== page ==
But my generation had exactly the same experience when they heard the announcement of the death of King George VI on the morning of 5 February 1952. As I discovered, my reaction of disbelief, followed by shock, was universal. He was, after all, only 55, and, although it was known that he had been seriously ill, we were wholly unprepared for this. So, as it happened, were his doctors.
As he died over 46 years ago, it is not altogether surprising that he has been largely forgotten, although the astonishing vitality and longevity of his widow, Queen Elizabeth the Queen Mother, provides a unique personal link with a man who should not be forgotten.
Although my book on the King's political role, and that of his predecessors, is not a biography, his personality is obviously a major element in his political vicissitudes and achievements, and my respect for him increased.
In many respects his is a romantic story. He suffered consistent ill- health as a child and young man, having to be invalided out of the Navy suffering from a duodenal ulcer after having served in HMS Collingwood in the Battle of Jutland: when recovered, he joined the fledgling Royal Air Force, and became a qualified pilot. He was ill-educated, shy and tense, and suffered from an appalling stammer and furious temper. But, as his father noted with admiration, he had "guts". The turning-point of his life was his marriage to Lady Elizabeth Bowes-Lyon; with her devoted help the dreadful stammer was mastered, although on public occasions never fully conquered.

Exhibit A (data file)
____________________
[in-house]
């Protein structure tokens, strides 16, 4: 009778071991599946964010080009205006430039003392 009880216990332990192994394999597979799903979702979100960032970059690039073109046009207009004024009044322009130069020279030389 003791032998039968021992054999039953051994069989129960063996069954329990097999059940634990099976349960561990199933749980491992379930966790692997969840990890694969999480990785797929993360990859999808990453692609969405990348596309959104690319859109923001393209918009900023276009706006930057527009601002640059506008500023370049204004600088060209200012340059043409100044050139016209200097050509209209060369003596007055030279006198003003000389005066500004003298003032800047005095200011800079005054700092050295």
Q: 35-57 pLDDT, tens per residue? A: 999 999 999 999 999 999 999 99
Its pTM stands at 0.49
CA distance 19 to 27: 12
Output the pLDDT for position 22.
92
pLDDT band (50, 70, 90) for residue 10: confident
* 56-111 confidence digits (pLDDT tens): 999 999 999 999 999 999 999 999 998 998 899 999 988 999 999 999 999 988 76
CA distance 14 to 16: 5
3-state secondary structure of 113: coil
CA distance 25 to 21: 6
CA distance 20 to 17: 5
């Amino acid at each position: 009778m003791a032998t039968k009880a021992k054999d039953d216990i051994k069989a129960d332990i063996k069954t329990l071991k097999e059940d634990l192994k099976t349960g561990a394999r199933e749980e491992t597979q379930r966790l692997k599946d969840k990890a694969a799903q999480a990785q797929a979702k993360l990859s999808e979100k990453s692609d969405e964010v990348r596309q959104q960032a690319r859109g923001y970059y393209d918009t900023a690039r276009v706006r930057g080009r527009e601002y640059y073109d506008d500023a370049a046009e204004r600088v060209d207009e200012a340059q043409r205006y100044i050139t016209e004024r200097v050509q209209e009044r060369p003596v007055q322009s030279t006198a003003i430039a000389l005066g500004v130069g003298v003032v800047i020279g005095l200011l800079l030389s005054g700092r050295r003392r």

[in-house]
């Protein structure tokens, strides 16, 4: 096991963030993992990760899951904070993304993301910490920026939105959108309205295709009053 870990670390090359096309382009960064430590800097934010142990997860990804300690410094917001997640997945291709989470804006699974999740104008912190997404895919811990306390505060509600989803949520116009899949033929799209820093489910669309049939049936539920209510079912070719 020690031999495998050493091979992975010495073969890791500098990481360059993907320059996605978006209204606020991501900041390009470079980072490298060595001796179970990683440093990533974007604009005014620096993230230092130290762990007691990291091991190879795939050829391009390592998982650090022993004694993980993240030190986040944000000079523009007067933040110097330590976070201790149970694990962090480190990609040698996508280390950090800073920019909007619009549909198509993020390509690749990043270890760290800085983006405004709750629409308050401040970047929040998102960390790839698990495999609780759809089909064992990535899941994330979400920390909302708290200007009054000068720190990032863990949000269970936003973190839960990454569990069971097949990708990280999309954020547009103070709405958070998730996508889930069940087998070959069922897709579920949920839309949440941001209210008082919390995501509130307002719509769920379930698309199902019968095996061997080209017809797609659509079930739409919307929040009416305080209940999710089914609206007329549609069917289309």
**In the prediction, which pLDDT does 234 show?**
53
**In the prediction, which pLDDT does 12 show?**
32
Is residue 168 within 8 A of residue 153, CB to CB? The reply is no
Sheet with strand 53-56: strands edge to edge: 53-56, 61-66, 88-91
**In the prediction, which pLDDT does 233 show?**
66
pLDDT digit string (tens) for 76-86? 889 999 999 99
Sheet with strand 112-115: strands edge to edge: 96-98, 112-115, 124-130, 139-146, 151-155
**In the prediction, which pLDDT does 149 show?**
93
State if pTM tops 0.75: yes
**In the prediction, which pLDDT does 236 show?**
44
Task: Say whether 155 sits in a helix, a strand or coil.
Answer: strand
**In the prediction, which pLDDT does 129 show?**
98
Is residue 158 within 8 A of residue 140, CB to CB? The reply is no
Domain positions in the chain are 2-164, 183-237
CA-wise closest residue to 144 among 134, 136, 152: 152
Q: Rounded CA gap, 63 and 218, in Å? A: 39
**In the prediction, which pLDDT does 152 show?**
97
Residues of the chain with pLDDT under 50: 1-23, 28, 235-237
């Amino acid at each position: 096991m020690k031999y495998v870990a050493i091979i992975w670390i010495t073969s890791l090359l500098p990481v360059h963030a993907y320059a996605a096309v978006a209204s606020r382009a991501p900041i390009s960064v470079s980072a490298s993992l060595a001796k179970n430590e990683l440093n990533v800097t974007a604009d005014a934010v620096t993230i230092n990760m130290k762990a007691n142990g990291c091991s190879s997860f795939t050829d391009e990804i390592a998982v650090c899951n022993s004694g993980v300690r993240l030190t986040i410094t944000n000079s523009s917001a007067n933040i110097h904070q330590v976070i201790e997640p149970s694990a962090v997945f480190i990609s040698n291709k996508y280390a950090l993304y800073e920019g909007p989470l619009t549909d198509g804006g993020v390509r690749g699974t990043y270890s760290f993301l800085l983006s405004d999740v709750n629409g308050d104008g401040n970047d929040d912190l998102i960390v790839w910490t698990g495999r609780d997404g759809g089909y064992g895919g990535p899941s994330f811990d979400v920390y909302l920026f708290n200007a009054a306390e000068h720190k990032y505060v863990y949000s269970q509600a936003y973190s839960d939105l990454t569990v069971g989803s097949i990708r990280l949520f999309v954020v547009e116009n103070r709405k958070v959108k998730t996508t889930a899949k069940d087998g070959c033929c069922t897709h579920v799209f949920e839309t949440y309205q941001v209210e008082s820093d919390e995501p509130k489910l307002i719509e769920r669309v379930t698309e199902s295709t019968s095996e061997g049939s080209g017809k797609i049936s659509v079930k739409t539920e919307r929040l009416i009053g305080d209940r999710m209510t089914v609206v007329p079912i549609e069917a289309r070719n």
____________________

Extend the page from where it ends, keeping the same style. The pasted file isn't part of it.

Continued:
He took a deep interest in industrial matters, founded the famous Duke of York's camps for boys from private and state schools, visited Australia, New Zealand and East Africa, fulfilled his public duties, and enjoyed the life of a countryman with his wife and small daughters.
Neither he nor his wife expected, or wanted, to accede to the throne, and certainly not under the bizarre circumstances of December 1936 when his elder brother abdicated to marry Mrs Simpson, leaving the new King George VI, in his own phrase, to inherit "a rocking throne".
He and the Queen not only stabilised it, but by their conduct in the war, and especially in the terrible period of mortal danger in 1940-41, won the admiration and affection of the British people. What was even more remarkable was that he totally lacked self- confidence, and his notorious temper could flare up over trivialities. But it was striking in the private diaries and letters of those who worked with and for him that their admiration for him never wavered. He was fundamentally a brave, decent, and kind man in a world that had gone mad.
A man who was not only respected but esteemed by such disparate people as Churchill, Attlee, Roosevelt, Bevin and Bevan - another stammer sufferer - was certainly exceptional. His influence became strong, and not least because he was so exceptionally well-informed - much better, in fact, than most cabinet ministers.
But the strains of war destroyed his health. An attempt to recover it by a visit to Southern Africa in 1947 had the opposite effect. By 1948 he was seriously ill with thrombosis which was to kill him - not with lung cancer, as has often been claimed - and also had to endure the loss of India, Burma, and Ceylon. But his vision of the New Commonwealth, espoused by his elder daughter and successor, has survived.
Churchill, in his tribute to the King in the Commons on 11 February 1952 described his demeanour in the dark days of 1940-41 as that of "a spirit undaunted". But it also fittingly describes his whole life.
Sir Robert Rhodes James is the author of `A Spirit Un-daunted: the political role of George VI' (Little, Brown, pounds 22.50)Reuse content